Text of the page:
Entering the Fit page for the first time starts the automatic fitting process against the previously selected regions of density. Once a fit is completed, the best fit conformation for each selected blob is shown and selected for refinement or saving.
The basic fitting page is shown in figure Fitting Page.
Specific details about the results are shown in the Results tab in the spreadsheet. To investigate the results, click on the desired blob from the Blobs Fit Against list seen in Figure Fitting Page. The results spreadsheet will be populated with the ligands fitted against the selected blob.
The basic overview of the spreadsheet can be seen in Figure Results Spreadsheet.
By default, the results are sorted against RSCC (real space correlation coefficient), which is a standard measure of how the ligand fits against the density. Additionaly, poses are scored with PLP and Chemscore. The strain energies calculated with AFITT are always compared against the lowest energy conformation in the conformational ensemble as determined by the fitting process. This is equivalent to the technique used by Perola and Charifson. [Perola-2004].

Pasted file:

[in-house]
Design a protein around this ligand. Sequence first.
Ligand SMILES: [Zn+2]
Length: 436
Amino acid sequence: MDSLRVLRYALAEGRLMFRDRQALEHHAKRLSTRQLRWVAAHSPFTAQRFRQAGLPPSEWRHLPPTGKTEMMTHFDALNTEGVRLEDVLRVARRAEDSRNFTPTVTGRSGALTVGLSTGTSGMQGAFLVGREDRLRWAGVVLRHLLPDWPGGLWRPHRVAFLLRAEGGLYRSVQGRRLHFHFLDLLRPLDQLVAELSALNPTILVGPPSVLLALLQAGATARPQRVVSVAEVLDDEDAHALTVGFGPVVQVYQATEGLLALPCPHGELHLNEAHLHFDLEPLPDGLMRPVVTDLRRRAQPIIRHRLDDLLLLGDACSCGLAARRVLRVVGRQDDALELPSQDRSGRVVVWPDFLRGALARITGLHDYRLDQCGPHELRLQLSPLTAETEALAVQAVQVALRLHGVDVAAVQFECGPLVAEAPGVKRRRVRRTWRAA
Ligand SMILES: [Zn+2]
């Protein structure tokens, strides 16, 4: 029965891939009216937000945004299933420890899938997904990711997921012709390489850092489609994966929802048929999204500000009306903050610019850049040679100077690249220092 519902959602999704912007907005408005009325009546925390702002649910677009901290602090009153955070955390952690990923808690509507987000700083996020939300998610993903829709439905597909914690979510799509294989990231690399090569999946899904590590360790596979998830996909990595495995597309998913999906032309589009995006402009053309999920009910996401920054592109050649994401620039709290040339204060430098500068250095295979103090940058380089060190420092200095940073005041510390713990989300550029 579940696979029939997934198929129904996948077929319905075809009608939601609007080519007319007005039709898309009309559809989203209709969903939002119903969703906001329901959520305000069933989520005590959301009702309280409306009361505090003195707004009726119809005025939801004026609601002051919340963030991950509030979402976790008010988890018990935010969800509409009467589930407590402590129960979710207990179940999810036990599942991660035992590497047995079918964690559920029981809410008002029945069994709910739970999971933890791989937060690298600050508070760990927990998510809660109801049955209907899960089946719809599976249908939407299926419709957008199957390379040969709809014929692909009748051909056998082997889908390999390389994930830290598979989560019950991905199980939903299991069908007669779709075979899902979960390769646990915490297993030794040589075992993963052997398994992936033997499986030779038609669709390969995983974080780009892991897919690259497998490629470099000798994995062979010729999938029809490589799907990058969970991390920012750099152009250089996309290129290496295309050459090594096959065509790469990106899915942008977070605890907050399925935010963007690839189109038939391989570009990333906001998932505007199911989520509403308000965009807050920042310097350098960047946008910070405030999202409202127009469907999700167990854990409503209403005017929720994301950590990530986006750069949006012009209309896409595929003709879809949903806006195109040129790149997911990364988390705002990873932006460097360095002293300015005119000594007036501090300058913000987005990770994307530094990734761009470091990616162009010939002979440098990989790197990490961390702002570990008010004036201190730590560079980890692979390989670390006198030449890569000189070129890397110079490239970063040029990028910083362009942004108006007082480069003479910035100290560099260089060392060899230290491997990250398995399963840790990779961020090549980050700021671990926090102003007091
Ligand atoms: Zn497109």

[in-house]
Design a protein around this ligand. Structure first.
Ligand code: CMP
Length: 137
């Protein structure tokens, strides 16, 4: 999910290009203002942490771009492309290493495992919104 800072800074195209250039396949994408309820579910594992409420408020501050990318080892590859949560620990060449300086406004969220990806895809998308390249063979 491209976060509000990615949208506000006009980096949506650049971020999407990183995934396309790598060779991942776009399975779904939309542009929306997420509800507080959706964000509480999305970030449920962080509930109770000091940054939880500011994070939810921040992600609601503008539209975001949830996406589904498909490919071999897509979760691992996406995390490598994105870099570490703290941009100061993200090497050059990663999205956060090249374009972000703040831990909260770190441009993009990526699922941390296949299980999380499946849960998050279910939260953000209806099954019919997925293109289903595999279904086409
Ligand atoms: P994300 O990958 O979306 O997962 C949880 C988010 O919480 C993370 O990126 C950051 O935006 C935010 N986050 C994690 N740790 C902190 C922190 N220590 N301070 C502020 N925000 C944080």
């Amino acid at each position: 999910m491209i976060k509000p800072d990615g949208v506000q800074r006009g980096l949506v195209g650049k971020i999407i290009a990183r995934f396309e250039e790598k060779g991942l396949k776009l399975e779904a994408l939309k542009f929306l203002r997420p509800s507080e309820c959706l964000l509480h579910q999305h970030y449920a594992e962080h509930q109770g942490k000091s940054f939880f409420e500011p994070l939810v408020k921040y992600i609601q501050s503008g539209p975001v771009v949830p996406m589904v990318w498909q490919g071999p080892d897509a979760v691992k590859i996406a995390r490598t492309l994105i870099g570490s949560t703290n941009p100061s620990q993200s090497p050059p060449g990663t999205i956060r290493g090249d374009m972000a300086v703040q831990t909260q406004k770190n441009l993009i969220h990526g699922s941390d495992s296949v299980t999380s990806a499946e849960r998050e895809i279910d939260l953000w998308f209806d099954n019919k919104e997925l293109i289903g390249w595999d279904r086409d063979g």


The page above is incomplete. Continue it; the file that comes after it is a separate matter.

AFITT uses two protein environment (docking) scores to help distinguish between conformations and placements of ligands (and fragments) which have nearly identical real-space correlation coefficient (RSCC) values, (this can happen easily when fitting symmetric molecules). The two scoring functions (PLP and Chemscore) used by AFITT were chosen because they were designed using very different strategies to solve different problems in molecular docking. Chemscore [Eldridge-1997] was designed to estimate free energy of binding and contains a hydrogen bonding, a metal-ligand, a lipophilic (van der Waals interaction) and a rotatable bond (entropy) term. The coefficients of these terms were optimized against a protein-ligand data set to predict measured binding affinities. Note that this function was not designed or optimized to predict the correct binding mode but rather protein-ligand binding affinity. The piece-wise linear potential (PLP) [Verkhivker-2000] scoring function was derived by generating a potential for a set of heavy atom pairs observed in the Protein Data Bank (PDB) at the time of publication (2000). The heavy atoms pairs were used to generate steric, hydrogen bond (traditional and sulfur-hydrogen), metal chelating, halogen and repulsive terms. PLP was tested and optimized to predict the geometry of the bound ligand. The advantage of using scoring methods that are in their design orthogonal is that when the predictions agree there is a higher probability that the prediction is correct. Our experience with these scores is that when compared individually with RSCC they select the correct conformation and placement only about 50% of the time. However, when the RSCC values for a set of fits are very similar (differing by less than 0.05), and both scoring functions agree that a particular fit is better there is a high probability that that fit is the correct one. Many ligands are not very symmetric so examples where the RSCC values for different fits are similar are rare. However, when fitting highly symmetric molecules or small, lightly functionalised fragments, RSCC values for different fits can be very similar. In these cases protein environment (docking) scores are critical for successfully identifying the correct fit.